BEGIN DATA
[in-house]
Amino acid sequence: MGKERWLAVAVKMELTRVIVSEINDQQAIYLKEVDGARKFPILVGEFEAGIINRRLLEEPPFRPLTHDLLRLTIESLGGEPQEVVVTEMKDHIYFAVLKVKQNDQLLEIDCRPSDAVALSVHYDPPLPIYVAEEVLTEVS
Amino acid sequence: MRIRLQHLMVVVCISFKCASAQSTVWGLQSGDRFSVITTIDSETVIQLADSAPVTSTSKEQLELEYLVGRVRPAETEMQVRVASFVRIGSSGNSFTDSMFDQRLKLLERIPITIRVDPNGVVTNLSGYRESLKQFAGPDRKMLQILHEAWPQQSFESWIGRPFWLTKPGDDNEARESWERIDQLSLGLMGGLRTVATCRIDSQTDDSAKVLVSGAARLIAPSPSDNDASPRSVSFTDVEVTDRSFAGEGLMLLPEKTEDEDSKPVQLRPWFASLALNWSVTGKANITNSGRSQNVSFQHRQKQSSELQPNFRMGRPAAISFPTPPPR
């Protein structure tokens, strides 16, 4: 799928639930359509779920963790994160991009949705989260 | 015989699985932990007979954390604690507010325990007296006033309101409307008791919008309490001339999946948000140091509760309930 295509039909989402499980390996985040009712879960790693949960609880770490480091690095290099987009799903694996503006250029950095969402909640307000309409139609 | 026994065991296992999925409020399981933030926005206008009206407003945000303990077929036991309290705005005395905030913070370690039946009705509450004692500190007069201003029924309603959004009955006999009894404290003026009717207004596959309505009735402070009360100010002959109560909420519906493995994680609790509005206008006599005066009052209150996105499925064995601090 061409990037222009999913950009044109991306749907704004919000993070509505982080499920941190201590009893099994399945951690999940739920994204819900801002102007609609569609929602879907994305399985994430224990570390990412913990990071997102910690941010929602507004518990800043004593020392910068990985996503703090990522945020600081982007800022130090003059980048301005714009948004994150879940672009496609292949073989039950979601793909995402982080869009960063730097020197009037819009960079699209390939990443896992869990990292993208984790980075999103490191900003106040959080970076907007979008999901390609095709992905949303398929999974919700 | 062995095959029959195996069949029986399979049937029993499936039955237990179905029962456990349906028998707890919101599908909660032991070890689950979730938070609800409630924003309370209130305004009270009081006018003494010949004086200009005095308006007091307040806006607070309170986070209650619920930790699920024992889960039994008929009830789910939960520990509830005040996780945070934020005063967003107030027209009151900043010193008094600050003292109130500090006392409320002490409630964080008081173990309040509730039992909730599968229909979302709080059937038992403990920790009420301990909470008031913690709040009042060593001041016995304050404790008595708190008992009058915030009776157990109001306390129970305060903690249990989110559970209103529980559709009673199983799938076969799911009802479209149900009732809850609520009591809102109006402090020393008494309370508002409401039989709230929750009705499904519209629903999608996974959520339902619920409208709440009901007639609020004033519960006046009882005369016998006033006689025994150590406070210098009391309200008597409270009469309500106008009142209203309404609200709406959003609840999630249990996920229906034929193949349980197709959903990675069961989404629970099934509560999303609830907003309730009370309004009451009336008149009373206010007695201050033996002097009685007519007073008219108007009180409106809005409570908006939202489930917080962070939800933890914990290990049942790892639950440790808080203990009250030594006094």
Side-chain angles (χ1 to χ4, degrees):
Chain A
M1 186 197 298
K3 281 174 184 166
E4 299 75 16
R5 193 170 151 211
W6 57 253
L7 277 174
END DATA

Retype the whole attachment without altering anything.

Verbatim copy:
[in-house]
Amino acid sequence: MGKERWLAVAVKMELTRVIVSEINDQQAIYLKEVDGARKFPILVGEFEAGIINRRLLEEPPFRPLTHDLLRLTIESLGGEPQEVVVTEMKDHIYFAVLKVKQNDQLLEIDCRPSDAVALSVHYDPPLPIYVAEEVLTEVS
Amino acid sequence: MRIRLQHLMVVVCISFKCASAQSTVWGLQSGDRFSVITTIDSETVIQLADSAPVTSTSKEQLELEYLVGRVRPAETEMQVRVASFVRIGSSGNSFTDSMFDQRLKLLERIPITIRVDPNGVVTNLSGYRESLKQFAGPDRKMLQILHEAWPQQSFESWIGRPFWLTKPGDDNEARESWERIDQLSLGLMGGLRTVATCRIDSQTDDSAKVLVSGAARLIAPSPSDNDASPRSVSFTDVEVTDRSFAGEGLMLLPEKTEDEDSKPVQLRPWFASLALNWSVTGKANITNSGRSQNVSFQHRQKQSSELQPNFRMGRPAAISFPTPPPR
């Protein structure tokens, strides 16, 4: 799928639930359509779920963790994160991009949705989260 | 015989699985932990007979954390604690507010325990007296006033309101409307008791919008309490001339999946948000140091509760309930 295509039909989402499980390996985040009712879960790693949960609880770490480091690095290099987009799903694996503006250029950095969402909640307000309409139609 | 026994065991296992999925409020399981933030926005206008009206407003945000303990077929036991309290705005005395905030913070370690039946009705509450004692500190007069201003029924309603959004009955006999009894404290003026009717207004596959309505009735402070009360100010002959109560909420519906493995994680609790509005206008006599005066009052209150996105499925064995601090 061409990037222009999913950009044109991306749907704004919000993070509505982080499920941190201590009893099994399945951690999940739920994204819900801002102007609609569609929602879907994305399985994430224990570390990412913990990071997102910690941010929602507004518990800043004593020392910068990985996503703090990522945020600081982007800022130090003059980048301005714009948004994150879940672009496609292949073989039950979601793909995402982080869009960063730097020197009037819009960079699209390939990443896992869990990292993208984790980075999103490191900003106040959080970076907007979008999901390609095709992905949303398929999974919700 | 062995095959029959195996069949029986399979049937029993499936039955237990179905029962456990349906028998707890919101599908909660032991070890689950979730938070609800409630924003309370209130305004009270009081006018003494010949004086200009005095308006007091307040806006607070309170986070209650619920930790699920024992889960039994008929009830789910939960520990509830005040996780945070934020005063967003107030027209009151900043010193008094600050003292109130500090006392409320002490409630964080008081173990309040509730039992909730599968229909979302709080059937038992403990920790009420301990909470008031913690709040009042060593001041016995304050404790008595708190008992009058915030009776157990109001306390129970305060903690249990989110559970209103529980559709009673199983799938076969799911009802479209149900009732809850609520009591809102109006402090020393008494309370508002409401039989709230929750009705499904519209629903999608996974959520339902619920409208709440009901007639609020004033519960006046009882005369016998006033006689025994150590406070210098009391309200008597409270009469309500106008009142209203309404609200709406959003609840999630249990996920229906034929193949349980197709959903990675069961989404629970099934509560999303609830907003309730009370309004009451009336008149009373206010007695201050033996002097009685007519007073008219108007009180409106809005409570908006939202489930917080962070939800933890914990290990049942790892639950440790808080203990009250030594006094």
Side-chain angles (χ1 to χ4, degrees):
Chain A
M1 186 197 298
K3 281 174 184 166
E4 299 75 16
R5 193 170 151 211
W6 57 253
L7 277 174